A moving, emotionally-charged novel about the redemption of a sullen, rebellious, alienated 17-year-old boy, from the author...

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A moving, emotionally-charged novel about the redemption of a sullen, rebellious, alienated 17-year-old boy, from the author of Home Before Dark and Sara Will. Rob Dickson's answer to extreme adolescent malaise has been drugs and alcohol. He's a disappointment, scholastically and socially, to his striving father, Davis; he's overprotected by his mother; and he can't compete with his brilliant 12-year-old sister. During the summer, Rob unwillingly accompanies Davis to the Dickson family farmstead in North Carolina. Davis' brother, Fairlee, who lives with their agoraphobic sister, Coralee, and their crotchety father has broken his hip. Rob is aghast when Davis, who has to return home, insists he stay on through the summer and part of the school year to help out. Although he agrees, everything about his countrified and caring relatives makes Rob feel resentful and claustrophobic. Then he falls in love with attractive, musical Ellery, whose parents are recently divorced; Ellery resents her mother, Ginny, coming to the country to ""find herself,"" disregarding her daughter's needs. Ellery and Rob's relationship is passionate but shaky; Rob is obsessed by his love, convinced it is the glue holding his life together. But it's really the down-home Dicksons, with their quirks and human qualities, who give Rob the security and emotional safety net he needs. After two crises--a drug bust and an accident involving his grandfather--Rob comes to terms with his own humanity, discovering an untapped depth of feeling obscured by denial and misplaced passion. The author has beautifully juxtaposed Rob's story with those of Ellery, Ginny, Davis, and Coralee (whose phobia Ginny helps cure), showing that self-growth takes place throughout one's life--always a timely message for teens.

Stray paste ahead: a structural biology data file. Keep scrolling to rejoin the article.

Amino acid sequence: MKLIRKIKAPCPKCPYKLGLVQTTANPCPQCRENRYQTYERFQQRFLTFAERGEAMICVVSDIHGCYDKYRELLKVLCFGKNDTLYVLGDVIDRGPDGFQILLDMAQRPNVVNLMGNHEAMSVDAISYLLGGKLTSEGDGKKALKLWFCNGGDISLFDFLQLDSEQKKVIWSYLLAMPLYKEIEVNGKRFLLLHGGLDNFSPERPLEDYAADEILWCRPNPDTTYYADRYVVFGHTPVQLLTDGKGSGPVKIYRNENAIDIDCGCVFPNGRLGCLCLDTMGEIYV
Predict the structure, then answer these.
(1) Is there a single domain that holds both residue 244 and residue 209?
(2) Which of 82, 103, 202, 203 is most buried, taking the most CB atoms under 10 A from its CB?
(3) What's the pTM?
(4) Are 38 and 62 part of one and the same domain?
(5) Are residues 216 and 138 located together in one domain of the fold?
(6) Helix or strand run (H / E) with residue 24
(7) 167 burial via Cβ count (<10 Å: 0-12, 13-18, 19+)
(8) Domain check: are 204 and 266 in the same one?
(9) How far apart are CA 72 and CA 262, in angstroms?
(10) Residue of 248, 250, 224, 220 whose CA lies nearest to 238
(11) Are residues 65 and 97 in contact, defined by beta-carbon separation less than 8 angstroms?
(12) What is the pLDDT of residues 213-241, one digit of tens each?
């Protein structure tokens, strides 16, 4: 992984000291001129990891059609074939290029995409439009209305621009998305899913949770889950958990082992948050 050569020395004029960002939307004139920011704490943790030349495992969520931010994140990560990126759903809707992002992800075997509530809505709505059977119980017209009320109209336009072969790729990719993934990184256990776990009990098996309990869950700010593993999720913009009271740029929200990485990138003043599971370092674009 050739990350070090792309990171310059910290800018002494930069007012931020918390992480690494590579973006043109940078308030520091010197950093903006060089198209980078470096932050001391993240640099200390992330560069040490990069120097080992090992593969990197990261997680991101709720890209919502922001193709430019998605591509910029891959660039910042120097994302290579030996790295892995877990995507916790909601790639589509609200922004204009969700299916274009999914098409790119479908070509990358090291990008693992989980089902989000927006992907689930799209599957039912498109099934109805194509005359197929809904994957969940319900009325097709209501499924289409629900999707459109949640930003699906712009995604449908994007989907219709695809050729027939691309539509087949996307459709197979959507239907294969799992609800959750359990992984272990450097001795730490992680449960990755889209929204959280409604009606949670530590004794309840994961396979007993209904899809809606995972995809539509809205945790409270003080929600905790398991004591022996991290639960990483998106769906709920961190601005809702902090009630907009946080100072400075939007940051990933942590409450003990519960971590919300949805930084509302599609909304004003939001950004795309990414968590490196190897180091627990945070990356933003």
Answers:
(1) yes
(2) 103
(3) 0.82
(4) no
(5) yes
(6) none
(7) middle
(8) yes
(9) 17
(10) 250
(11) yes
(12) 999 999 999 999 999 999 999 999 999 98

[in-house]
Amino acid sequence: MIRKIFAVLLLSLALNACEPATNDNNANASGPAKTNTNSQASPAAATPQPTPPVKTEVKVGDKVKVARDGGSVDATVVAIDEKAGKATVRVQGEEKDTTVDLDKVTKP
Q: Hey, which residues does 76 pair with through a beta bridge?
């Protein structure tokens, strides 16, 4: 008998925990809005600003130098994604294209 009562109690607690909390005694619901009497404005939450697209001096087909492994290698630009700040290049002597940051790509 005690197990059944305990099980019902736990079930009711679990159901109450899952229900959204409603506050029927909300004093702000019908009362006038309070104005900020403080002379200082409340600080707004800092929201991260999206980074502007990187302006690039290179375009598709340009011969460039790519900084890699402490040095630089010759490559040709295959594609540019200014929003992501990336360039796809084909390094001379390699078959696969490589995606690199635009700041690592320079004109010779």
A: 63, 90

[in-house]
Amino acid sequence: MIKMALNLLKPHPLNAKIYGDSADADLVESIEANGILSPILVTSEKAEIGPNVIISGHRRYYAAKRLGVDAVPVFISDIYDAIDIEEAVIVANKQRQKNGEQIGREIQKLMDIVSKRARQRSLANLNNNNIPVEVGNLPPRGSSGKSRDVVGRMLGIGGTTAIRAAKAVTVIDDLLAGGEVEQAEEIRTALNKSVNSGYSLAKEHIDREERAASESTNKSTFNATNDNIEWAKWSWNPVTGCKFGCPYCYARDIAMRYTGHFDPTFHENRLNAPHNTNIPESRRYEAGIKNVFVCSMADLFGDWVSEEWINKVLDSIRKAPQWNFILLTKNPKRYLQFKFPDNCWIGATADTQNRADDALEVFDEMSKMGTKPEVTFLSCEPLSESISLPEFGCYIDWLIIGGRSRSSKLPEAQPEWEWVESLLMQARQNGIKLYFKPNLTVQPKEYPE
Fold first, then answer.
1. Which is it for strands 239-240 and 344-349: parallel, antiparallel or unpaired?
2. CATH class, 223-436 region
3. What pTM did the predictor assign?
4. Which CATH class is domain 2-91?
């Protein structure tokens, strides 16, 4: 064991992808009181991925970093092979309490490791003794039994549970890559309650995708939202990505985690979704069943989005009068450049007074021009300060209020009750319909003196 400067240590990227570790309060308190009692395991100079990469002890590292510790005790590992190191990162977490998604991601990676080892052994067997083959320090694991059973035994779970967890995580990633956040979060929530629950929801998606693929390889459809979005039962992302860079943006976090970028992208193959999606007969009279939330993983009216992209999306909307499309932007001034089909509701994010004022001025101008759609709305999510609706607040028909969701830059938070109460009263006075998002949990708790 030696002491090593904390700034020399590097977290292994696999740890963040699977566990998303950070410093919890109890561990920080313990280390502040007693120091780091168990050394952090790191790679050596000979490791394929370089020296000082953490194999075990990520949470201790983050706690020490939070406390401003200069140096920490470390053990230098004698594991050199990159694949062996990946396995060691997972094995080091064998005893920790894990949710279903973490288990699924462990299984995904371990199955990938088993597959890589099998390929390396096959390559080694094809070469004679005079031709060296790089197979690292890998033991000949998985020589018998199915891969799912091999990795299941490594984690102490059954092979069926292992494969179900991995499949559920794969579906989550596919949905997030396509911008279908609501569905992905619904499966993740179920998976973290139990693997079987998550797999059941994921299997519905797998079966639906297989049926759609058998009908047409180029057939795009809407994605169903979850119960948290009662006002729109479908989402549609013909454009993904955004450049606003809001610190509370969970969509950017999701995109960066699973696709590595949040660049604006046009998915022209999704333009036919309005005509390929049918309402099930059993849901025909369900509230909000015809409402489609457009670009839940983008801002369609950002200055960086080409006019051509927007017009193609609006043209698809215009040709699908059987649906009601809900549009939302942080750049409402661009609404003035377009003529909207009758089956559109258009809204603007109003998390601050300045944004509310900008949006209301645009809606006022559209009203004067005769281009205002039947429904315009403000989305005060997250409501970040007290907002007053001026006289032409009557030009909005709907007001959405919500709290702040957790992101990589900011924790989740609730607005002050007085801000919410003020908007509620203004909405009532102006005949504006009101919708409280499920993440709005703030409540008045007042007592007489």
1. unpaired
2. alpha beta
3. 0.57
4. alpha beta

Pub Date: March 1, 1987

ISBN: 1889199028

Page Count: 288

Publisher: Harper & Row

Review Posted Online: N/A

Kirkus Reviews Issue: Feb. 15, 1987